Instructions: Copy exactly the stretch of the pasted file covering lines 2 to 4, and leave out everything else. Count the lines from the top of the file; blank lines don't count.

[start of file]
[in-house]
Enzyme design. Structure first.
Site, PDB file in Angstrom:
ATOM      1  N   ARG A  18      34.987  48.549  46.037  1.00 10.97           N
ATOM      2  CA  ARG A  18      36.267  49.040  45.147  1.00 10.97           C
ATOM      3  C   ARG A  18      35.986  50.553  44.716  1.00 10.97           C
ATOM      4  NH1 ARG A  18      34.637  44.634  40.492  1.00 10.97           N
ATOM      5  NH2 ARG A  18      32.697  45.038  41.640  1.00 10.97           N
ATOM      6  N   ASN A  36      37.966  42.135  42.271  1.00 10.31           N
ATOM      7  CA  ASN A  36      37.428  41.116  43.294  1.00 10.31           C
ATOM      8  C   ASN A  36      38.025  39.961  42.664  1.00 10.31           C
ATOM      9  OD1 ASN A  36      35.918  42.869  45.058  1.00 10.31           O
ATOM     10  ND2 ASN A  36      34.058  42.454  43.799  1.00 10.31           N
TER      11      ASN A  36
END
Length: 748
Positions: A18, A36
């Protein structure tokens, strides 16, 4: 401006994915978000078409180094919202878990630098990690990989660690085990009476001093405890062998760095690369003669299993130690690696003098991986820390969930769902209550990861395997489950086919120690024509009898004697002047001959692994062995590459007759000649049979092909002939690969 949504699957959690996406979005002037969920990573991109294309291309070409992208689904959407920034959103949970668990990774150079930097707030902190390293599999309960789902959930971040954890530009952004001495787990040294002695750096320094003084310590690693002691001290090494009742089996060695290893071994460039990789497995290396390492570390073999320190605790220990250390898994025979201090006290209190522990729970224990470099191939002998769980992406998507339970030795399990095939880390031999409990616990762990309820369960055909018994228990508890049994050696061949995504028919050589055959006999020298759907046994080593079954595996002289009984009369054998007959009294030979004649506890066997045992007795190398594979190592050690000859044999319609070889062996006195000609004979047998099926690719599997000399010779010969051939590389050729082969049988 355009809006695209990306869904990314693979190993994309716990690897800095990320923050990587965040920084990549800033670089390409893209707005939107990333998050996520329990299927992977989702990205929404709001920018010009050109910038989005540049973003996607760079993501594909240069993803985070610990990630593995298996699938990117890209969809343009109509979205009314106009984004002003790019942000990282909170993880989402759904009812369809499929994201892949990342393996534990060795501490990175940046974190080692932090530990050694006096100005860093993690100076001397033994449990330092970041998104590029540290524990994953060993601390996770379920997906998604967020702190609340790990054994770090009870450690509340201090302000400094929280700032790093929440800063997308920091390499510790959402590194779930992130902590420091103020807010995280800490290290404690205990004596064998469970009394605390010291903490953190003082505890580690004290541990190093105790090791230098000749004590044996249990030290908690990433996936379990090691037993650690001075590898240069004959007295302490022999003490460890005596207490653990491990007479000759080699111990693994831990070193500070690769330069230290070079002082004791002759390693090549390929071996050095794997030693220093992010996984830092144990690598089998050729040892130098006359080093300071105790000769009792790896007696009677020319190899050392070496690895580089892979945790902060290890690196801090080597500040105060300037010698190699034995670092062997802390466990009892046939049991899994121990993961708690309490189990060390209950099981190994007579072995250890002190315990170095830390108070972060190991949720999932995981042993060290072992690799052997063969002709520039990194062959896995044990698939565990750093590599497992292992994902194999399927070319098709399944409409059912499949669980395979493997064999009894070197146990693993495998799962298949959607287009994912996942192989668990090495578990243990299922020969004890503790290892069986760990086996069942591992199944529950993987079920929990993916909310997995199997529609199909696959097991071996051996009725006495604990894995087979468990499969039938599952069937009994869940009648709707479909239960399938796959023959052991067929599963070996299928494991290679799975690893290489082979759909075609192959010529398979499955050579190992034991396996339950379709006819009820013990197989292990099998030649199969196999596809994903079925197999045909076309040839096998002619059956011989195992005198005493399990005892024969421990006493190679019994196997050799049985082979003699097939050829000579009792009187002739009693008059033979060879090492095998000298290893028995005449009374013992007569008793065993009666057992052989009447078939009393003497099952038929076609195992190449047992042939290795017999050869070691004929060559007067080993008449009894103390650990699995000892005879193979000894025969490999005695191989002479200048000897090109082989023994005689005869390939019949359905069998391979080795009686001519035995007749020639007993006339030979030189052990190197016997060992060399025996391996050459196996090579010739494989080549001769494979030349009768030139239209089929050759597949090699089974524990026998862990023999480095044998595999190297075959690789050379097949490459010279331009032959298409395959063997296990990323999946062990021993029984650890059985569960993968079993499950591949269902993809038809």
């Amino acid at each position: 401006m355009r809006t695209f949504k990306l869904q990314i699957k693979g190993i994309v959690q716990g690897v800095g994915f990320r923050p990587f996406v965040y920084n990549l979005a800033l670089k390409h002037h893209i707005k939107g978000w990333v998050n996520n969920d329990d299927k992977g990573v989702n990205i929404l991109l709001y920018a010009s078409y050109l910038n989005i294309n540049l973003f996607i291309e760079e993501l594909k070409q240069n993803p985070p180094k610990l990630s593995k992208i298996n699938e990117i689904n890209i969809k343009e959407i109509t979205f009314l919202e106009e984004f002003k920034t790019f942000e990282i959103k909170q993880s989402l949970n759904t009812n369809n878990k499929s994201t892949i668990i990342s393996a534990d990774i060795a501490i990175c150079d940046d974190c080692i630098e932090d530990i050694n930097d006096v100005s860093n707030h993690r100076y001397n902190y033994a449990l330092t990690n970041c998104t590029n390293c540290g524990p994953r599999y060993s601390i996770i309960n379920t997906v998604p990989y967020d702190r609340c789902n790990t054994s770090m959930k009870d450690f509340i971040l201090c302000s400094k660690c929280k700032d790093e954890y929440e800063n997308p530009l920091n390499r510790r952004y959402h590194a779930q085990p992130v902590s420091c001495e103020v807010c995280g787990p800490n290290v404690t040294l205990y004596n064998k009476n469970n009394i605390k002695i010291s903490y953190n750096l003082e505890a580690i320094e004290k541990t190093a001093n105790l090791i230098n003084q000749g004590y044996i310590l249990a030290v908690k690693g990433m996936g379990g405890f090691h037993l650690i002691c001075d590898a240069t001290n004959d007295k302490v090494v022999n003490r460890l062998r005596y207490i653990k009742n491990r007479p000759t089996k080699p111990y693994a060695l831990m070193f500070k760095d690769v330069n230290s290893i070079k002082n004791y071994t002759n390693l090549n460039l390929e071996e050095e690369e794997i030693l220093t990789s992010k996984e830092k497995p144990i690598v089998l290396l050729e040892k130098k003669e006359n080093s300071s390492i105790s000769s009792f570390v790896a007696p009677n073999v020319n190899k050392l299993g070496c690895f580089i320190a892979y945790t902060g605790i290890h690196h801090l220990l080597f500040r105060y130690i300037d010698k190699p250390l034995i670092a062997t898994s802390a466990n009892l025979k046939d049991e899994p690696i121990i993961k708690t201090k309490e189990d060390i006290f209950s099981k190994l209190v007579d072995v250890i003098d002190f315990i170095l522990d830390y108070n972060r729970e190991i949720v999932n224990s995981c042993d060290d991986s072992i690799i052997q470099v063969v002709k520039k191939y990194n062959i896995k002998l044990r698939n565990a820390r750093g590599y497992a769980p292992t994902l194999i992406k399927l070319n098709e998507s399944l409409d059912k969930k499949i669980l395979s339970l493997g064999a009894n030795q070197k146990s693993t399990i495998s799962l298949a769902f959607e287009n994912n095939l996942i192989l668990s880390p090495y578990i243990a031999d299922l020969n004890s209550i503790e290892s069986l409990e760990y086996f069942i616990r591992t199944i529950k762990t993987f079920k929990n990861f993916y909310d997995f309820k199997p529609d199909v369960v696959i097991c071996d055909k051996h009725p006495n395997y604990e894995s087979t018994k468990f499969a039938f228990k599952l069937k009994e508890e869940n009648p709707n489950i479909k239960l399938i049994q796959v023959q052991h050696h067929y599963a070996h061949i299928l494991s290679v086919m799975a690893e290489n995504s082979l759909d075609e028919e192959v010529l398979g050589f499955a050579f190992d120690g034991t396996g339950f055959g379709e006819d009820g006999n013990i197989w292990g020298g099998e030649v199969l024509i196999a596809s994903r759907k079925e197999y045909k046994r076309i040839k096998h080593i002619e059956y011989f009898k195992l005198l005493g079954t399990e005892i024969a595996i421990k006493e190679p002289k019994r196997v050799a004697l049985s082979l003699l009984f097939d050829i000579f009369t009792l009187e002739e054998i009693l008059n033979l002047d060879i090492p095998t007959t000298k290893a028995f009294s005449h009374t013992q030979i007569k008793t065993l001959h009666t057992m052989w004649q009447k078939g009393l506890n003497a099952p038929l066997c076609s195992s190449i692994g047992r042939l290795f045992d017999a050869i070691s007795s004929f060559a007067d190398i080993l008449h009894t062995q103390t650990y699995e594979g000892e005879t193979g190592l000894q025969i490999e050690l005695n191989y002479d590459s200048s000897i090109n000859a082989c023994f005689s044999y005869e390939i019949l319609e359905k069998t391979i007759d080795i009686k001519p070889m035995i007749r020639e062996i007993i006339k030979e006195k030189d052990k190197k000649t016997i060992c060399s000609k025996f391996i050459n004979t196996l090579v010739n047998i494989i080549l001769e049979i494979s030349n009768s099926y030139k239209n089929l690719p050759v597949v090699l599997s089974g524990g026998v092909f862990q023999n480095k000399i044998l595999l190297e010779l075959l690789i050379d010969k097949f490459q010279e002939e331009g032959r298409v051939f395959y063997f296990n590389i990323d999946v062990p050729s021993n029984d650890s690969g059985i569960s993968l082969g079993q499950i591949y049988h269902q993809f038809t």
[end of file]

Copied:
Enzyme design. Structure first.
Site, PDB file in Angstrom:
ATOM      1  N   ARG A  18      34.987  48.549  46.037  1.00 10.97           N